Finance for Business Leaders : An Introduction

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Finance for Business Leaders :
An Introduction

July 8,
2011

By A.V. Vedpuriswar

The Financial System

Financial Institutions

Commercial Banks

Insurance Companies


Mutual Funds

Provident Funds

Non
-
Banking Financial
Companies

Suppliers of Funds

Individuals

Businesses

Governments

Demanders of
Funds

Individuals

Businesses

Governments

Financial Markets

Money Market

Capital Market

Funds

Deposits / Shares

Funds

Securities

Funds

Securities

Funds

Loans

Ref:
Prasanna

Chandra, “ Financial management”


Classification of Financial Markets

Nature of claim

Debt market

Equity Market

Maturity of claim

Money Market

Capital Market

Seasoning of claim

Primary Market

Secondary market

Timing of claim

Cash or Spot Market

Forward or Futures Market

Organizational structure

Exchange
-
traded Market

Over
-
the
-
counter Market

Ref :
Prasanna

Chandra, “ Financial Management”

Role of The Financial Manager

Financial

manager

Firm's

operations

Financial

markets

(1)

(2)

(3)

(4a)

Ref:
Brealey

and Myers
-

Principles of Corporate finance

(4 b)

How Finance adds value for shareholders


Cash

Investment
opportunity (real
asset)

Firm

Shareholder

Investment
opportunities
(financial assets)

Invest

Alternative:
pay dividend
to
shareholders

Shareholders
invest for
themselves

Key Financial Decisions


Get the highest return on investments


Allocate scarce financial resources


Reduce costs


Maximise

value for shareholders


Shareholders
vs

Stakeholders


The Financial Lifecycle


Every company has a financial life cycle.



It involves :


obtaining money


using the money to run and grow the business


returning money to shareholders.


The lifecycle can be divided into :


financing phase


investing phase


operating phase,


returning phase,

Finance conveys performance of business at a glance

8


Financial statements represent reality.


But they are not the reality.


Finance / Accounting are both art and science.

The heart of Finance

9


Assets ( what the company owns)


Liabilities ( what the company owes)


Revenues ( money generated by the business)


Expenses ( money spent on the business)


Inflows and outflows of cash ( a measure of liquidity)

Generally Accepted Accounting Principles


The Business Entity Principle


The Cost Principle


The Objectivity Principle


The Continuing
-
concern Principle


The Stable Dollar Principle


Applying GAAP


Expense booking


Sales booking


Book neither too early nor too late.


What matters is not the actual collection or payment


What matters is whether the revenue can be
recognised

and whether the expense must be booked.

The Income Statement


Revenue:

This is earned money.


Expense:

This is the cost of doing business.


Gross profit :
Revenues


Expenses


Operating profit :
Gross Profit
-

S
elling and general
admn

expenses, depreciation expenses,


Net Profit
: Operating profit


Interest


Taxes


The Revenues and expenses always balance. The balancing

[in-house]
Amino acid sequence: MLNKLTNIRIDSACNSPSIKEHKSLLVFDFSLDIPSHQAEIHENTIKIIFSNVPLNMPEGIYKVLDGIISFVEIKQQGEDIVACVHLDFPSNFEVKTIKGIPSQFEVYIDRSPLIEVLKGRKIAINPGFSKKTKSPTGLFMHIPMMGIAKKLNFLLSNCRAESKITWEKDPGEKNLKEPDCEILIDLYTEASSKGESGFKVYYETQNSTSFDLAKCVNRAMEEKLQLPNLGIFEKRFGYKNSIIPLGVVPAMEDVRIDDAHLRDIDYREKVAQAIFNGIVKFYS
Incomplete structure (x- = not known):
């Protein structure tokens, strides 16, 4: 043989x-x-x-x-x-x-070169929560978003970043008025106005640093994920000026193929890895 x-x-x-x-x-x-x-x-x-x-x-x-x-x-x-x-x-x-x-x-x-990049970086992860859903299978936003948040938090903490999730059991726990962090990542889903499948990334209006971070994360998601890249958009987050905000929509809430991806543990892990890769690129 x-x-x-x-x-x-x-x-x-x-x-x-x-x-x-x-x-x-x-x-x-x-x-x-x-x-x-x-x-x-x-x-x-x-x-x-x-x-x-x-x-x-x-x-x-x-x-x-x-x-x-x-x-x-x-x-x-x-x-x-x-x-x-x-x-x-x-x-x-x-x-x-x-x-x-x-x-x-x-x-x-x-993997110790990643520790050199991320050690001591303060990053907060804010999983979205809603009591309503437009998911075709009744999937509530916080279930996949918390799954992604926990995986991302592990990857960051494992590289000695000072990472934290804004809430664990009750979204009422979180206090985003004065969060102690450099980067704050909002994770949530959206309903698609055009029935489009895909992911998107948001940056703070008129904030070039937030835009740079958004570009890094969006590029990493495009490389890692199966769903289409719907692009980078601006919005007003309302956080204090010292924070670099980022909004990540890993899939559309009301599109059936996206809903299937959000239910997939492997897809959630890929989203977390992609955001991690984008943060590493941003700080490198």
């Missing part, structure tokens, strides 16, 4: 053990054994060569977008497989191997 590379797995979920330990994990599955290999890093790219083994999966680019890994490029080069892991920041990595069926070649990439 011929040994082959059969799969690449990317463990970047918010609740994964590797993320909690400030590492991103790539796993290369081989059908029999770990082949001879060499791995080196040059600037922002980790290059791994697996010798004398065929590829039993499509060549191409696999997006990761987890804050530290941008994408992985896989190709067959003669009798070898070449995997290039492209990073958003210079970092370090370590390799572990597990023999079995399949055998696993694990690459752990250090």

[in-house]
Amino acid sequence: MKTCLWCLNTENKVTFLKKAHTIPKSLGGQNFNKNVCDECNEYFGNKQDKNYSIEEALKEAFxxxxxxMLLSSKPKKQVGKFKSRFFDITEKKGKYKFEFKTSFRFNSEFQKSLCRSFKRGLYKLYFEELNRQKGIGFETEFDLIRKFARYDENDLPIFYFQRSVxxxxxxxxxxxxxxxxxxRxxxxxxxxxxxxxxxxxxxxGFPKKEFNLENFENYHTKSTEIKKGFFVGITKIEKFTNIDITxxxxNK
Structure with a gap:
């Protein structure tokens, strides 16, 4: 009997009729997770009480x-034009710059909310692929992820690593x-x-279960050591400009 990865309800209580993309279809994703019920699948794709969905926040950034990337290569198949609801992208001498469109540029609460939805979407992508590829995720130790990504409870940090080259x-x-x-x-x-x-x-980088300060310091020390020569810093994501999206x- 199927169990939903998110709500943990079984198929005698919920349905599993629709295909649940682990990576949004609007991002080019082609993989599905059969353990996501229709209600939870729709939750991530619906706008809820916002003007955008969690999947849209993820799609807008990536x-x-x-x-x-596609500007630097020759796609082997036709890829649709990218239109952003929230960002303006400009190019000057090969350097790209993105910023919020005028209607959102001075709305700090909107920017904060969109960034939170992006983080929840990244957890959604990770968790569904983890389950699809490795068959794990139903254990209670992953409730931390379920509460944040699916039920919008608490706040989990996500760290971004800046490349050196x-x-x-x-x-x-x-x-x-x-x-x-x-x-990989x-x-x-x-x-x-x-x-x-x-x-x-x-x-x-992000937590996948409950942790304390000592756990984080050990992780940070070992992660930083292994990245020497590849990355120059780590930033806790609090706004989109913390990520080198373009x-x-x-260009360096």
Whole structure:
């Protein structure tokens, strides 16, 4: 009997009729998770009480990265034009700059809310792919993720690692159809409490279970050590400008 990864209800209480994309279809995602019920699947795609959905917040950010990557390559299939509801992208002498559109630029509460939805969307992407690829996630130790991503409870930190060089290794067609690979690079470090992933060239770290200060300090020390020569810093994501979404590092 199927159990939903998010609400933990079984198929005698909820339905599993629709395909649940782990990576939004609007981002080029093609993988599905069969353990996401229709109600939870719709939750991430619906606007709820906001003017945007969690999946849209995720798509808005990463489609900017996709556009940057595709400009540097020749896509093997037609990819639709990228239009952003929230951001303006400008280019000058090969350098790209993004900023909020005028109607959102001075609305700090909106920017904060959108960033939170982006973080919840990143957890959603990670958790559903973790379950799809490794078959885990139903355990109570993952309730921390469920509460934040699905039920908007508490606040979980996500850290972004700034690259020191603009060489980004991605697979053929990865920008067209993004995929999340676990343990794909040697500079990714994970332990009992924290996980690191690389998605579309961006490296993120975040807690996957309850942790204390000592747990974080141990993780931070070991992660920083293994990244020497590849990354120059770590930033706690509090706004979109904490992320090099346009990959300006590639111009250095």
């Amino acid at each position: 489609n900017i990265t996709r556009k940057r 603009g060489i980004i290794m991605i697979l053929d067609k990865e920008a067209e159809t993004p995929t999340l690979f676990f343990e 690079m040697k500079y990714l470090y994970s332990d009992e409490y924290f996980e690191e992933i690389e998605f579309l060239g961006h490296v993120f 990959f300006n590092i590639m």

entry is the profit/loss made.


What we can learn from the income
statement



Sales, costs and profits


Specific unexpected expenditures


Whether the business is profitable


Drill deeper into individual segments


The Balance Sheet


A "snapshot" of a company's financial position at a moment
in time.


What a company owns (assets) and what it owes (liabilities)


The difference between the two is the shareholder equity.


The Balance Sheet always balances.

What we can learn from the Balance Sheet


Basis for computing



rates of return,



measuring exposure to debt


Evaluating capital structure and assessing liquidity and
financial flexibility.


What assets does the company hold?


How much debt does it owe?


Is there enough cash to manage its inventory and pay its creditors?


How financially sound is the company?


Can it handle the normal fluctuations of revenues and expenses?



The Cash Flow statement


Operating cash flows:
Cash in
-
flows and out
-
flows for
a business on account of its day
-
to
-
day operations.


Financing cash flows :

Cash flows from "raising"
money for a company's business.


Investing cash flows :
Using cash for the purchase of
plant, property, and equipment, and for long
-
term
investments and receiving cash out of their sales.

Sources and Uses of Funds



Sources


Earnings


Depreciation


Bank notes


Accounts payable

Uses


Fixed assets


Accounts Receivable


Inventory


Investments

What we can do with the cash flow statements


Forecast cash requirements


Identify financing needs


Locate cash drains


Identify problems in the cash budgeting process


The Connection between Income statement and
Balance Sheet

19


Profits not distributed come back as Retained Earnings on
Balance Sheet.


Expenses incurred but not paid come back as Accrued
expenses on Balance Sheet.


Expenses incurred for benefits not yet received come back
as Pre paid assets on Balance Sheet.


Depreciation and other non cash expenses incurred appear
in both statements.

Thank You

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